Return of Ancient 'Treasure'

, New York Law Journal


An ancient golden tablet dating to the Assyrian Empire was returned to a Berlin museum Wednesday in a Nassau County Surrogate's Court ceremony.

The event followed a recent ruling from the New York Court of Appeals that the Vorderasiatisches Museum, not the estate of Holocaust survivor Riven Flamenbaum, was the Isthar Temple tablet's rightful owner.

The museum discovered the artifact went missing at the end of World War II. Flamenbaum's family lore is that he traded a Red Cross aid package to a Russian solider for the tablet. In the photo above, a redemption order is signed by Surrogate Edward McCarty, who called the tablet not just "an artifact," but "a treasure." Standing behind him are, left to right, attorney Steven Schlesinger, who represented the Flamenbaum estate; A. Ellen Goelz, of the German consulate; Raymond Dowd of Dunnington Bartholow & Miller and John Fisher of Hamberger Weinschenk & Fisher, who represented the museum.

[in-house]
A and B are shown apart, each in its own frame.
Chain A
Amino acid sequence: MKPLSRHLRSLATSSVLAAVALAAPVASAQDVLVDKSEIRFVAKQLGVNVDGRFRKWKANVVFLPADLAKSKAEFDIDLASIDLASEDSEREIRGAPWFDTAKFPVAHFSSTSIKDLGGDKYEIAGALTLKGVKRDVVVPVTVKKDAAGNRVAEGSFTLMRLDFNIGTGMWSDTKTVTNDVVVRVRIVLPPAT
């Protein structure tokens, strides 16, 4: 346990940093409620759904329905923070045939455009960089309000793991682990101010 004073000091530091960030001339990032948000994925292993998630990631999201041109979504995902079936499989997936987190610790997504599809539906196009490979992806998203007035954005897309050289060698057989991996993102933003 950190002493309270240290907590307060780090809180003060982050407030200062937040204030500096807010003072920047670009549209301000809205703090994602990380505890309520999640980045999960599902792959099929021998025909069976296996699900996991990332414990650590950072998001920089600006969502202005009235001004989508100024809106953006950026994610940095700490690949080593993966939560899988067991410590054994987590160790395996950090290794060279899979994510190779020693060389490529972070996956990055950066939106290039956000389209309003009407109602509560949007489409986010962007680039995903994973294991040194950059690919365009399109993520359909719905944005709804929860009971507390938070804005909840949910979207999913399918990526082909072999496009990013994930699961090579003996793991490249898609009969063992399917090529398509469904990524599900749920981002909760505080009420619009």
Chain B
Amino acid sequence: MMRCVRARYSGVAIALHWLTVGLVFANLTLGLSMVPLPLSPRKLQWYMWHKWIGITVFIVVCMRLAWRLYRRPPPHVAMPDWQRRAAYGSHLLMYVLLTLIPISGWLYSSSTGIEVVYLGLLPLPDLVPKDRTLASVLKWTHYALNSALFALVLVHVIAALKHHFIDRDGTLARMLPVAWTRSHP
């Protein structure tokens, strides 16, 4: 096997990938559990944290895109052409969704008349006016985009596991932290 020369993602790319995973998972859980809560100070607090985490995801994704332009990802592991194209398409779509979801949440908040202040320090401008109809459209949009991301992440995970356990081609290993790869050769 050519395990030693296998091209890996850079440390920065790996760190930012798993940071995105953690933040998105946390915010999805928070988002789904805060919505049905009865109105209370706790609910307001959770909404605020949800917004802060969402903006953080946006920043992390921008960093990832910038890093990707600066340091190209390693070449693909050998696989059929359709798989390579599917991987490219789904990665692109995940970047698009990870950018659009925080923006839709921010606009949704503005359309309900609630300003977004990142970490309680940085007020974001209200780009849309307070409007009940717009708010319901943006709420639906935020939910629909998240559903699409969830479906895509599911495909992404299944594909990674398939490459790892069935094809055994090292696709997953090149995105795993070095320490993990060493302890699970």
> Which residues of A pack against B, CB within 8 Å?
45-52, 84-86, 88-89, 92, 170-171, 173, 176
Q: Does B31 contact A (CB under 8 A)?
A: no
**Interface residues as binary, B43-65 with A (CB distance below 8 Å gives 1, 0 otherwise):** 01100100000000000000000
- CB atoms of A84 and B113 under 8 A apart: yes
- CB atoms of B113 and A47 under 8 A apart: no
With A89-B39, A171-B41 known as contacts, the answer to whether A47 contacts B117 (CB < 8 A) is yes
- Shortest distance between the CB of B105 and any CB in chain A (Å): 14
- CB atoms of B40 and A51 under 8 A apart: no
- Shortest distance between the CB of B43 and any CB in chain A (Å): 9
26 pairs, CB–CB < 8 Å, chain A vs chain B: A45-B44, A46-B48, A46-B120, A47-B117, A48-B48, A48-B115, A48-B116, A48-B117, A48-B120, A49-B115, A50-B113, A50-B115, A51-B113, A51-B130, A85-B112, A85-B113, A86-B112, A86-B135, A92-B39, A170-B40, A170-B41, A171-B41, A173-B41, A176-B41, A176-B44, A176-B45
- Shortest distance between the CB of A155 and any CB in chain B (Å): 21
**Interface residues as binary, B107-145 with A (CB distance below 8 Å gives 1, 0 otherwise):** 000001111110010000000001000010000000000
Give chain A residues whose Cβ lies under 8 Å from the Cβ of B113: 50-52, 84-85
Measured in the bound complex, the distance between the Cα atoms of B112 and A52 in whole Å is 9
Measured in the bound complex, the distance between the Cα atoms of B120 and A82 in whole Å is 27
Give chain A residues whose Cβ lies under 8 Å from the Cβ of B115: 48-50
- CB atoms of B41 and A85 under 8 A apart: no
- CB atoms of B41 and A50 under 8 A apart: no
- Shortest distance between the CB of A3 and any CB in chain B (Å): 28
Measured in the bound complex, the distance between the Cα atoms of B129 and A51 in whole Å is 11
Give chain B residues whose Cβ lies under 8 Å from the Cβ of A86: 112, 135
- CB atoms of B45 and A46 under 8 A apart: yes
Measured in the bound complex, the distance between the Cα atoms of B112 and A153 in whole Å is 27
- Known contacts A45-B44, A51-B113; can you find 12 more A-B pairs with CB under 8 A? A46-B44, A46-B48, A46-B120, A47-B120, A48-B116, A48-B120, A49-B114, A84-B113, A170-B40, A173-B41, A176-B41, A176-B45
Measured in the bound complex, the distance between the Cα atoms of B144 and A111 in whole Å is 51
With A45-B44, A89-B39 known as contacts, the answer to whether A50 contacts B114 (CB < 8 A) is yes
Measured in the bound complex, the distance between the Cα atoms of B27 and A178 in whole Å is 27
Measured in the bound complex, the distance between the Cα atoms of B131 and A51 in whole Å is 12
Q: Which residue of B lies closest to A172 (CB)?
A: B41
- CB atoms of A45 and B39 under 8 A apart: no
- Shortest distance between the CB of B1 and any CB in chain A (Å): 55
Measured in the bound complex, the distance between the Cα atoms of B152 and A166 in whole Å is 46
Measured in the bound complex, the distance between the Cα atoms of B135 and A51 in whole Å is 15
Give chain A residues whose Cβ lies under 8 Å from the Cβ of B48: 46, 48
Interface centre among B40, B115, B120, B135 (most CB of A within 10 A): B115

Below, Dowd watches Dr. Ralf Wartke, deputy director of the museum, authenticate the tablet. At bottom, Wartke accepts the tablet.

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